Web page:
Wednesday, May 13, 2015
One of the most popular posts on this blog is about preventing marker theft. Specifically, it is a how-to build a marker caddy out of cheap items. A lot of you seem to like it and find it useful; that makes me really happy.
The original design called for covering floral foam with masking tape.
One of you improved the design (and shared it with me!) by adding duct tape. This is the second generation of the design.
This is my marker caddy after nearly four years of use. I have re-covered it three times. As you can see, it looks really loved. Students are intrigued by the nature of foam, so sometimes it gets a little abused. Additionally, the powder of the green foam sometimes comes out with the markers and this can be a disturbance (imagine a student shouting, "Ew!! What is this stuff?!?"). But, overall, I am happy with the duration of this cheap little organizer.
I decided to make a new one in anticipation of next year, and I improved the design a little bit.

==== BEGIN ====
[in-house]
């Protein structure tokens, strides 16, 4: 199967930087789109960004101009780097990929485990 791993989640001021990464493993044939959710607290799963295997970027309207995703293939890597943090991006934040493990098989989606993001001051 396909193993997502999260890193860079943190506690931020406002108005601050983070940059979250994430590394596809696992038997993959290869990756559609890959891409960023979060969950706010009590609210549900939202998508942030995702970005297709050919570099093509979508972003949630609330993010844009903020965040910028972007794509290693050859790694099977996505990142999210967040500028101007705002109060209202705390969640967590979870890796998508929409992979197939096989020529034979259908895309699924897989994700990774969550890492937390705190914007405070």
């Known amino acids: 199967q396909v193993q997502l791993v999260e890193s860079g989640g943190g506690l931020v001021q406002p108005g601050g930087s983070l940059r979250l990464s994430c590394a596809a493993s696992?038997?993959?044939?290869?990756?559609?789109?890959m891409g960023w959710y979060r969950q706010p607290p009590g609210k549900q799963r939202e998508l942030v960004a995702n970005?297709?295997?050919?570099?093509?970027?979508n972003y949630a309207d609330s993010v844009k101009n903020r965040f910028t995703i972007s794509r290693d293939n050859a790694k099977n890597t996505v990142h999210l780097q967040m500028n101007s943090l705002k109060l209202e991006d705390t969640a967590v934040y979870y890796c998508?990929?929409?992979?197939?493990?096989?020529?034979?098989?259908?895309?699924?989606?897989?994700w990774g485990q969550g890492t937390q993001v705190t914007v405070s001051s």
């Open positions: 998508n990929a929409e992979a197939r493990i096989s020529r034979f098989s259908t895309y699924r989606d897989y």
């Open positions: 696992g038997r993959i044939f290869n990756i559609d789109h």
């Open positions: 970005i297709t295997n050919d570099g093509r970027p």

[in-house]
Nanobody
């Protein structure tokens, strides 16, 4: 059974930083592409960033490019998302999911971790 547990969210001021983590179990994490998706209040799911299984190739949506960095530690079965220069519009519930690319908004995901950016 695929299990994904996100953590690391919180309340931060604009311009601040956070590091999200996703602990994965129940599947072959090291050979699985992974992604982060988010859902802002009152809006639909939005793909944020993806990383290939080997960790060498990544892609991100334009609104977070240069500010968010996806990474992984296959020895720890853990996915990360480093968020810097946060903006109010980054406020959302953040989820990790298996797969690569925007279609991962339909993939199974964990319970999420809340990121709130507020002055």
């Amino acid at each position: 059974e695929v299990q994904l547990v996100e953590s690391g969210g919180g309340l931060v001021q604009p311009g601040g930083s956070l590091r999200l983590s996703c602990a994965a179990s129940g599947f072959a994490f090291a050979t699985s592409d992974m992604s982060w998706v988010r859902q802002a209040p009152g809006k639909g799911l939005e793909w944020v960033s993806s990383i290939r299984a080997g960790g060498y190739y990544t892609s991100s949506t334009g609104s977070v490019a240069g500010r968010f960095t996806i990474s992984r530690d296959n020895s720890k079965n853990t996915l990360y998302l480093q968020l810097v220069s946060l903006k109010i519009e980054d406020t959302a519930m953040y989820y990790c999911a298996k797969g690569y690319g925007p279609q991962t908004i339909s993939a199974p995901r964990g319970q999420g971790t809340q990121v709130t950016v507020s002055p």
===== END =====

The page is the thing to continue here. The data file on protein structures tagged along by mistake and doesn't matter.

You will need:
-old large marker caps that your sharpies can fit inside (I kept these from our dried out markers)
-2 bricks of floral foam
1. Push holes in your floral foam using the marker caps.
2. Leave the marker caps in the floral foam.
3. Cover your bricks with duct tape of choice. I make two layers.
4. Cut your holes back open with the Xacto blade. You can feel the holes by pushing gently on your duct-tape.
5. Put your markers in the holes. Voila! A new marker caddy. The recycled marker caps keep the floral foam powder at bay, and the inhibit the destrcution of the caddy (it won't elminate it; they are kids, after all!).
Tuesday, May 5, 2015
If you were to go through my blog archives, you would see a lot of entries about student behavior, management, and all the related stresses. I’ve spent over half of my teaching career working in extreme environments: I’ve taught extremely wealthy students in private schools, and I’ve taught severely impoverished students in Title I public schools. Sometimes, just thinking about the management of wealthy students when I’m working with poorer students gives me whiplash.